Murphy, McMahon agree on four televised October debates
U.S. Senate candidate Chris Murphy has agreed to participate in nine debates — but will square off against GOP rival Linda McMahon in just four.
Murphy, who has been urging McMahon to debate since they both won their respective party primaries on Aug. 14, released details Thursday for nine forums he will participate in.
McMahon, who said last month that is was too soon to debate and that voters would be more focused in the fall, also released her forum schedule Thursday.
The two candidates found common ground at four events:
- Oct. 7, hosted by WFSB-TV 3 on its political affairs show, Face the State.
- Oct. 11, hosted by Fox 61 and The Hartford Courant at the University of Connecticut.
- Oct. 15, hosted by The Day of New London and WTNH-TV 8 at the Garde Theater in New London, and
- Oct. 18, hosted by the Connecticut Broadcasters Asociation, in Hartford.
“I’ve spent my career fighting for middle class families and for Connecticut jobs, and I’m excited to take these public debates all across the state,” Murphy said. “People deserve to hear from their Senate candidates face to face in an unscripted setting, and voters will be able to see firsthand the difference between the endless 30-second attack ads, and my plan to bring jobs back to Connecticut and strengthen our middle class.”
The five debates Murphy will attend without McMahon include:
- September 24, hosted by WVIT-TV 30, NBC of Connecticut
- October 10, hosted by the Waterbury Chamber of Commerce
- October 19, hosted by WABC, the New York Times and Univision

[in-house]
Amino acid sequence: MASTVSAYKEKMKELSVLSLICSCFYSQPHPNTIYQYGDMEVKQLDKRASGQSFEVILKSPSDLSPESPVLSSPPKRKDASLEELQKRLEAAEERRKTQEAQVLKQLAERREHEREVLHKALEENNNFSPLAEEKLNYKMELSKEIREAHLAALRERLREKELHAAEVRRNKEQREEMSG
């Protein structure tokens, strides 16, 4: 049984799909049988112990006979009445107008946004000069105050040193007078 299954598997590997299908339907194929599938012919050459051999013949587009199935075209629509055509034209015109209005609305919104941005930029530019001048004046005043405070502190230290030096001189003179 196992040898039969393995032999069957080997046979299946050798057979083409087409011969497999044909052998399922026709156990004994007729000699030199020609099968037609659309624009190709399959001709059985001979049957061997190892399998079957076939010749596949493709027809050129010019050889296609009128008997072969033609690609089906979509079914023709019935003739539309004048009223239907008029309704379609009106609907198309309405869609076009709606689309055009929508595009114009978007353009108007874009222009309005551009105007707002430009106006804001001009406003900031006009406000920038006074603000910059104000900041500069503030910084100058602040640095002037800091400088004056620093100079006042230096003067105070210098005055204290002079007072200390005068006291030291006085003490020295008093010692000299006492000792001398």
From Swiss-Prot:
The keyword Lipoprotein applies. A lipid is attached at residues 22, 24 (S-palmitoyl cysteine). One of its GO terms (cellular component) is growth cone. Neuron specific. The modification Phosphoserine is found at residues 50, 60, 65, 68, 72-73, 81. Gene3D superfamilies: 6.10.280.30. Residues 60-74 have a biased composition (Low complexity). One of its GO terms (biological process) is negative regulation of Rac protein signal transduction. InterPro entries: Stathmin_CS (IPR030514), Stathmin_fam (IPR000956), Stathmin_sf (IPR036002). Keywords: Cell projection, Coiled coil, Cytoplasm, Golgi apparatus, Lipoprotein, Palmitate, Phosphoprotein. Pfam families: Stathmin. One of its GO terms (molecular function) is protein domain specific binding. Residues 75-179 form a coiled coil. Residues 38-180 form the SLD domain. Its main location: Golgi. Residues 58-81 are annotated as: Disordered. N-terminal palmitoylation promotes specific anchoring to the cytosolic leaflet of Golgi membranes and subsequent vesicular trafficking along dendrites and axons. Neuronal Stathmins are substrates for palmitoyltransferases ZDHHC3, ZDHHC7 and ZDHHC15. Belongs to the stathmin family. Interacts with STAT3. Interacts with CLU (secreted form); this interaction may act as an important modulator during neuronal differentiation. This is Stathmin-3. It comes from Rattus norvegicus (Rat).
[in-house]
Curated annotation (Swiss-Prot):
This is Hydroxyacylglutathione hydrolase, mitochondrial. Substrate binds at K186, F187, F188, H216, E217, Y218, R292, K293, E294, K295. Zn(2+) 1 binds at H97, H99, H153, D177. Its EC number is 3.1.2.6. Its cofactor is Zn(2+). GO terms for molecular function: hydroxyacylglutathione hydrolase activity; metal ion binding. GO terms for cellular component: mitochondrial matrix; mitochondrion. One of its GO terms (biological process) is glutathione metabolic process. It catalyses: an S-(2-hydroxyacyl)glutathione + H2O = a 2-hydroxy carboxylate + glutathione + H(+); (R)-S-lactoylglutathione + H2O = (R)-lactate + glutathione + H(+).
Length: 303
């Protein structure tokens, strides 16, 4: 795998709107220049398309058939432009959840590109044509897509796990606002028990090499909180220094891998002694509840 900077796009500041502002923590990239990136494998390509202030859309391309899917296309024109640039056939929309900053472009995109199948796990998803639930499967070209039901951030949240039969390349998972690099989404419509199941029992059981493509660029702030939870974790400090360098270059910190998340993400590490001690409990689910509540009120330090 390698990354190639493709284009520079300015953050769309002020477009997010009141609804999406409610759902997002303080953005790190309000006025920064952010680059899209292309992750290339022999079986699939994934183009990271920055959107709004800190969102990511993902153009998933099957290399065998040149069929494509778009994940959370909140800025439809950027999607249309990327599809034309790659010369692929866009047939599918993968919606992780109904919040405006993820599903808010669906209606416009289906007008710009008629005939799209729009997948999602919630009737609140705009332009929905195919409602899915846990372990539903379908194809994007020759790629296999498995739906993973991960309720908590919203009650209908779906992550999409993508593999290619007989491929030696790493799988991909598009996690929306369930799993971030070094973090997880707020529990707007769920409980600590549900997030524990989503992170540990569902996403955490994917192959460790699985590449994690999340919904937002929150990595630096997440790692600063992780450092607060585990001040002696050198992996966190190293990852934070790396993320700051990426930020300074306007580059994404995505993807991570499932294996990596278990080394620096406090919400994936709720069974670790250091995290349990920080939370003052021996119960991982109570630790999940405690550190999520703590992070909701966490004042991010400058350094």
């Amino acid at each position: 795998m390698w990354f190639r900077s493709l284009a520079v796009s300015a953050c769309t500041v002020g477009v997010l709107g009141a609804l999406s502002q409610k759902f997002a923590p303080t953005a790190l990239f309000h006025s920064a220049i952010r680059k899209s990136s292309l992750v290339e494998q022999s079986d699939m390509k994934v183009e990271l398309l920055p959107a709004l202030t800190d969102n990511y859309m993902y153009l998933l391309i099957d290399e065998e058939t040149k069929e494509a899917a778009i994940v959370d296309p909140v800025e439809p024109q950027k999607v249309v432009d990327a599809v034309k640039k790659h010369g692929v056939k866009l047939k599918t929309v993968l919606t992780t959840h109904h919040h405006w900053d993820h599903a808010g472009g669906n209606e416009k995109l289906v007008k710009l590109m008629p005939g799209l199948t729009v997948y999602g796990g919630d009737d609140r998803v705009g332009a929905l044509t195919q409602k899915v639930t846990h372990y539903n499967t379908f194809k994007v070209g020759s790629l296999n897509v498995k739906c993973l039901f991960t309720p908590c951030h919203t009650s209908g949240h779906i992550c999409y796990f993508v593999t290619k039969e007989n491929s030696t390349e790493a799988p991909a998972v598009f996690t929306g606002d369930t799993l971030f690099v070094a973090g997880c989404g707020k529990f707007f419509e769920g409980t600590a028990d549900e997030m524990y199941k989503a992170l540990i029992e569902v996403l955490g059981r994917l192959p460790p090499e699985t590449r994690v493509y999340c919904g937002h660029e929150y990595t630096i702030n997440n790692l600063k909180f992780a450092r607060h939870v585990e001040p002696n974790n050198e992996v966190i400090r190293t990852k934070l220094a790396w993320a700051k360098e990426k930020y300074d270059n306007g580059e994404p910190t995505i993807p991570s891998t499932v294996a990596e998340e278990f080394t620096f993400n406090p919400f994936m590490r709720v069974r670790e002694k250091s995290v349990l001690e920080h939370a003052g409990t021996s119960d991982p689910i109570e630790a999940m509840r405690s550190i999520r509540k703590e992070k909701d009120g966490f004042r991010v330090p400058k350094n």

- October 27, hosted by the Connecticut NAACP in New Haven, and
- A fifth event, on a date to be determined, hosted by the AARP in Bridgeport.
“Why is Linda McMahon ducking debate invitations from seniors, small businesses, African-Americans and Latinos?” asked Murphy campaign spokesman Ben Marter. “She should face these voters to explain her embarrassing record.”
But the McMahon camp, which has argued since the primary that Murphy has failed to produce a detailed plan to produce jobs, fired back that the debate flap is merely an effort to distract from this failure.
“If three debates is good enough for the presidency of the United States, then four debates should be good enough for the U.S. Senate,” McMahon spokesman Todd Abrajano said.
“Linda McMahon tours the state every day talking to voters of all stripes,” he said, adding that all four debates she is attending will be televised. “Every voter in the state of Connecticut will have an opportunity to see both candidates on stage together, debating the important issues.”
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